Other features and advantages of the present invention will be apparent from the following description taken in conjunction with the accompanying drawings, in which like reference characters designate the same or similar parts throughout the figures thereof.
The accompanying drawings, which are incorporated in and constitute a part of the specification, illustrate embodiments of the invention and, together with the description, serve to explain the principles of the invention.
Preferred embodiments of the present invention will now be described in detail in accordance with the accompanying drawings.
The first embodiment employs an interface defined by the IEEE 1394 standard (to be referred to as a “1394 serial bus”) as a digital I/F for connecting respective devices. The 1394 serial bus will be generally described in advance.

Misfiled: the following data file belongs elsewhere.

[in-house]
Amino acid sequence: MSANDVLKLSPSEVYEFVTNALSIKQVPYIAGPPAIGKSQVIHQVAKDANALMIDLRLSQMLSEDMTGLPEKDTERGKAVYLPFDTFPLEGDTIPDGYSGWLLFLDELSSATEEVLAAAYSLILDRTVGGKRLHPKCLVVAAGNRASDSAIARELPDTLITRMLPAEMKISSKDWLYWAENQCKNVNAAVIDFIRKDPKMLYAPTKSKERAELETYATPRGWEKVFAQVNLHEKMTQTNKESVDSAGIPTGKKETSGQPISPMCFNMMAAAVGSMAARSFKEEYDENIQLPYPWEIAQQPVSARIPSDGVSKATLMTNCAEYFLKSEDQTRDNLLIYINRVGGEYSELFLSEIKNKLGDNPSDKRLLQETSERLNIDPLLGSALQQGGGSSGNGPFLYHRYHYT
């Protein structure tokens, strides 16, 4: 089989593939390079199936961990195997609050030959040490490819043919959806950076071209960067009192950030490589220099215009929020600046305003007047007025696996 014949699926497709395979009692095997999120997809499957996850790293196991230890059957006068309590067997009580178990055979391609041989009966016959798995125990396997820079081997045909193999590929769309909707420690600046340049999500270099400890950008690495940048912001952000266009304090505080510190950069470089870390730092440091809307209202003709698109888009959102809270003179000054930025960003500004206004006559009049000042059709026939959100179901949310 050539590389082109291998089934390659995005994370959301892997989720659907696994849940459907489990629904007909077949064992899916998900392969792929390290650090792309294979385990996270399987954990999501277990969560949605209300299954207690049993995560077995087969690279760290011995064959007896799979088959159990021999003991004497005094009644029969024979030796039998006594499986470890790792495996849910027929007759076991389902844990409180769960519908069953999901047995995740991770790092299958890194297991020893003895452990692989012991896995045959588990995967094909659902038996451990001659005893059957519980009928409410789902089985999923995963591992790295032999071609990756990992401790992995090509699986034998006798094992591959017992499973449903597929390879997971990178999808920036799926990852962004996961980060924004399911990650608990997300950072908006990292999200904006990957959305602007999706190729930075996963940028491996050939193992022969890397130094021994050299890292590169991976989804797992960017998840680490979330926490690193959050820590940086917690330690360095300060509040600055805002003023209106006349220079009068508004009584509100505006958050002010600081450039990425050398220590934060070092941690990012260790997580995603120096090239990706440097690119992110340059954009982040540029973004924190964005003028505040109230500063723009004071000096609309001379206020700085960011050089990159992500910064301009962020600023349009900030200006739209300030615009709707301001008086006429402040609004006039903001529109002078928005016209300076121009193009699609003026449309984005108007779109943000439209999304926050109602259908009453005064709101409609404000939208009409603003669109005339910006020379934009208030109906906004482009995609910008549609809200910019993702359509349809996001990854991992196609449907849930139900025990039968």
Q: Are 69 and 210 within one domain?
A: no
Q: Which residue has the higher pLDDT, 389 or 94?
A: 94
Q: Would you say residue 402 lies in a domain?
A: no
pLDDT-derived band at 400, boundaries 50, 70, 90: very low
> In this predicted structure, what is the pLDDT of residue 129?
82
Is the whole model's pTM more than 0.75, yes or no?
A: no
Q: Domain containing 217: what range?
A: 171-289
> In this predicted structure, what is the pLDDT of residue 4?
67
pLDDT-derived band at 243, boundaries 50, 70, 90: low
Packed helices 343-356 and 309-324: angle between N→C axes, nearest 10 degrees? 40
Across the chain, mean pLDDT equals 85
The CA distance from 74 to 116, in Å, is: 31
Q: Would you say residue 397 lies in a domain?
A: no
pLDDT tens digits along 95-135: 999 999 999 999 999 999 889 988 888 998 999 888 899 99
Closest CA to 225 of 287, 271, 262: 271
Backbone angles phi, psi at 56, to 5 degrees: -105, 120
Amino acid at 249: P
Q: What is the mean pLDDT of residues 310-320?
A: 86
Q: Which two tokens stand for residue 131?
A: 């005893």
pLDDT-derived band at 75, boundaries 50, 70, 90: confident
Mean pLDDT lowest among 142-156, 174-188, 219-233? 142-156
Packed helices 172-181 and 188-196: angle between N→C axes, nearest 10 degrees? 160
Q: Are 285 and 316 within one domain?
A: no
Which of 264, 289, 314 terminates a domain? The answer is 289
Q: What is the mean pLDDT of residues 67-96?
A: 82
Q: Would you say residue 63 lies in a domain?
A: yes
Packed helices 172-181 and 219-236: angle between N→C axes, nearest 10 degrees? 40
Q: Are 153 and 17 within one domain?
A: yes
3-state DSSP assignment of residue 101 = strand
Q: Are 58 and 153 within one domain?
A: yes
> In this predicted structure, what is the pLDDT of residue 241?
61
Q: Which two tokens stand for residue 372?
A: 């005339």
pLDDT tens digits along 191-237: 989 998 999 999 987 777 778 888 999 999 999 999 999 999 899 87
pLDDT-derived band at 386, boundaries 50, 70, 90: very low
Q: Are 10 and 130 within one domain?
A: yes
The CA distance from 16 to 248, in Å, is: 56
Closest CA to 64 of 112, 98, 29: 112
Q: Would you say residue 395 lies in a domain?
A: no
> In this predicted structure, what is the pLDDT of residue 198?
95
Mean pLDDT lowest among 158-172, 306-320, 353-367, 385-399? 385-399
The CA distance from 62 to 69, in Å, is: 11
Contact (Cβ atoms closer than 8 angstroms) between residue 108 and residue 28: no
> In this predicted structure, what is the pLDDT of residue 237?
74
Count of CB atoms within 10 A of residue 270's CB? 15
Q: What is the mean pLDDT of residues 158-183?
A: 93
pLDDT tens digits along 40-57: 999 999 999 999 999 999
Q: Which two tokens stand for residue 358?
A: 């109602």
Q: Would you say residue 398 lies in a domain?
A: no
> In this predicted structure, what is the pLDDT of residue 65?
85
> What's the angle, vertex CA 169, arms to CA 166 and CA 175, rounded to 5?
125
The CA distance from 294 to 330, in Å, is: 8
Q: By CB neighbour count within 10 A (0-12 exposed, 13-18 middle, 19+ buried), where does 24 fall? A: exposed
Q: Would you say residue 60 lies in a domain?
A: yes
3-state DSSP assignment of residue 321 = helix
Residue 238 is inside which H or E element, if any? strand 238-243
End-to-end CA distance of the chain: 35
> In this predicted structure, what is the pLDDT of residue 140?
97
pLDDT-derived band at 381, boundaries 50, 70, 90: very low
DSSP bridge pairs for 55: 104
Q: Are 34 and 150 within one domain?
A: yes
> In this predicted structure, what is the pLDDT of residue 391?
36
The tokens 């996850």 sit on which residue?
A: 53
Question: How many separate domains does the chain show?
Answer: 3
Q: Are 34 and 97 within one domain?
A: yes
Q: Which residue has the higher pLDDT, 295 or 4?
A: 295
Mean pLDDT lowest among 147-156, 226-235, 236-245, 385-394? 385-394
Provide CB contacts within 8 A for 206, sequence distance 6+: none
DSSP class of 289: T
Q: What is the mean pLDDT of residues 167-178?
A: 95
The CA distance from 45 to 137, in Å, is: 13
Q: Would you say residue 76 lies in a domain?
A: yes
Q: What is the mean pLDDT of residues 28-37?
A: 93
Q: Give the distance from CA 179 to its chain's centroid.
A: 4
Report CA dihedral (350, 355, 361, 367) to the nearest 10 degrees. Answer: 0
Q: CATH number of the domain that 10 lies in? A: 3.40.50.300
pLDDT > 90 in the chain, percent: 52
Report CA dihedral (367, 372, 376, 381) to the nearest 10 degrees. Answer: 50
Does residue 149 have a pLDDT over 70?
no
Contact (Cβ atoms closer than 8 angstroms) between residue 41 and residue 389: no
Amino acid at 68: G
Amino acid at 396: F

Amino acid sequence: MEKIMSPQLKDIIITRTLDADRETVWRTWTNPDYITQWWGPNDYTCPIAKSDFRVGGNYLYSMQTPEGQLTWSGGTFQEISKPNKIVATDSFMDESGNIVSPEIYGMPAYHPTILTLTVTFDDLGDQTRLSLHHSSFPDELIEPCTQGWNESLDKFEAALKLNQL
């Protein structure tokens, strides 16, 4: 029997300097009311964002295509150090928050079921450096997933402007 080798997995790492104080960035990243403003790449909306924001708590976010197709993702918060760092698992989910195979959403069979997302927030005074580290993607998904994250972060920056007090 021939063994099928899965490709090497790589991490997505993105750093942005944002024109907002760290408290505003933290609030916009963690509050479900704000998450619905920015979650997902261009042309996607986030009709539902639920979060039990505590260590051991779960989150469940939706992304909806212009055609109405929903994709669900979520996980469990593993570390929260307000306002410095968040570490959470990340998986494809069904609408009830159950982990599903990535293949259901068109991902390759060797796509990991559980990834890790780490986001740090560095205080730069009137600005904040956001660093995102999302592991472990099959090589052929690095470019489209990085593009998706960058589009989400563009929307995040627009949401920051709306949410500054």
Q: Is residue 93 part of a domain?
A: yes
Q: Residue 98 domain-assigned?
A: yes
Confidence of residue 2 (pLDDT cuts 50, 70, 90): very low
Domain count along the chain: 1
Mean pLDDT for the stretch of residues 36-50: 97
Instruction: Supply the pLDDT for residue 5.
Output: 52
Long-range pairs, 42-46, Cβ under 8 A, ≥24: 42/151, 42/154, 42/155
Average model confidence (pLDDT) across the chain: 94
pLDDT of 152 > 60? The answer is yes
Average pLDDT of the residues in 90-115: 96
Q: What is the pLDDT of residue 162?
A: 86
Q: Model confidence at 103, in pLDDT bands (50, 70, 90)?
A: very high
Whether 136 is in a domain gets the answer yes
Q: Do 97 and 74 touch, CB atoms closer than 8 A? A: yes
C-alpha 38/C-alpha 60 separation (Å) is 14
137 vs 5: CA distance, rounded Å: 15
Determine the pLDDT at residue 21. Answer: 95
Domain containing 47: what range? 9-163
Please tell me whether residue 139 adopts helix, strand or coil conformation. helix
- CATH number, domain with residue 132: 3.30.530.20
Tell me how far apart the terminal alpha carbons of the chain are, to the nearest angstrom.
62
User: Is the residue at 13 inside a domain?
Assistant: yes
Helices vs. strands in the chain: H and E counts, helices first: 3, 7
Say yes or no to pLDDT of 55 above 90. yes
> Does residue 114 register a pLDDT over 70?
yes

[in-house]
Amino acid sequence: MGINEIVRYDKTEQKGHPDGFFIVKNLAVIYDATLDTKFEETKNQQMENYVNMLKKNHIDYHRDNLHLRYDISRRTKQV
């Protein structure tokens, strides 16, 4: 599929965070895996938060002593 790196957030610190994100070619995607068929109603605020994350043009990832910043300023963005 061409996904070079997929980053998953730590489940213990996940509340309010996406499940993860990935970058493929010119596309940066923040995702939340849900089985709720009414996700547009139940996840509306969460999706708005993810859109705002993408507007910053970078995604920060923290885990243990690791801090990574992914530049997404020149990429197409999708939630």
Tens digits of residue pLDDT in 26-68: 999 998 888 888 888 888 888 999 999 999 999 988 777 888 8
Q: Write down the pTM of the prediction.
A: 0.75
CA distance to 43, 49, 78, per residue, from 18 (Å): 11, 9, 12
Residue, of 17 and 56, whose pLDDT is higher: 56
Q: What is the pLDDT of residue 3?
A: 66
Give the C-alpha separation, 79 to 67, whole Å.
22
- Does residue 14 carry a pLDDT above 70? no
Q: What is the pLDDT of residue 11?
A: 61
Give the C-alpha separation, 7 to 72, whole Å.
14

[Outline of 1394 Serial Bus]
With the appearance of general digital video cam recorder (VCR) and digital video disk (DVD) player, there is a need for transferring realtime and large amount data such as video data and audio data (hereinafter referred to as “AV data”). To transfer AV data in realtime to a personal computer (PC) or other digital devices, an interface capable of high-speed data transfer is required. The 1394 serial bus has been developed from the above purpose.
Note that the printing method of the printer may be any method, e.g., a laser-beam printing, an electrophotographic method using an LED, an ink-jet method, a thermal-transfer method of ink melting or ink sublimation type and a thermo-sensitive printing method.
The connection between the devices may be made by intermixing a daisy chain method and a node branching method, thus realizing high-freedom of connecting.
The respective devices have an ID, and they construct a network by identifying each ID within a range connected by the 1394 serial bus. For example, the devices, respectively, take a relaying role when connected in a daisy-chain with cables for the 1394 serial bus, thus constructing a network.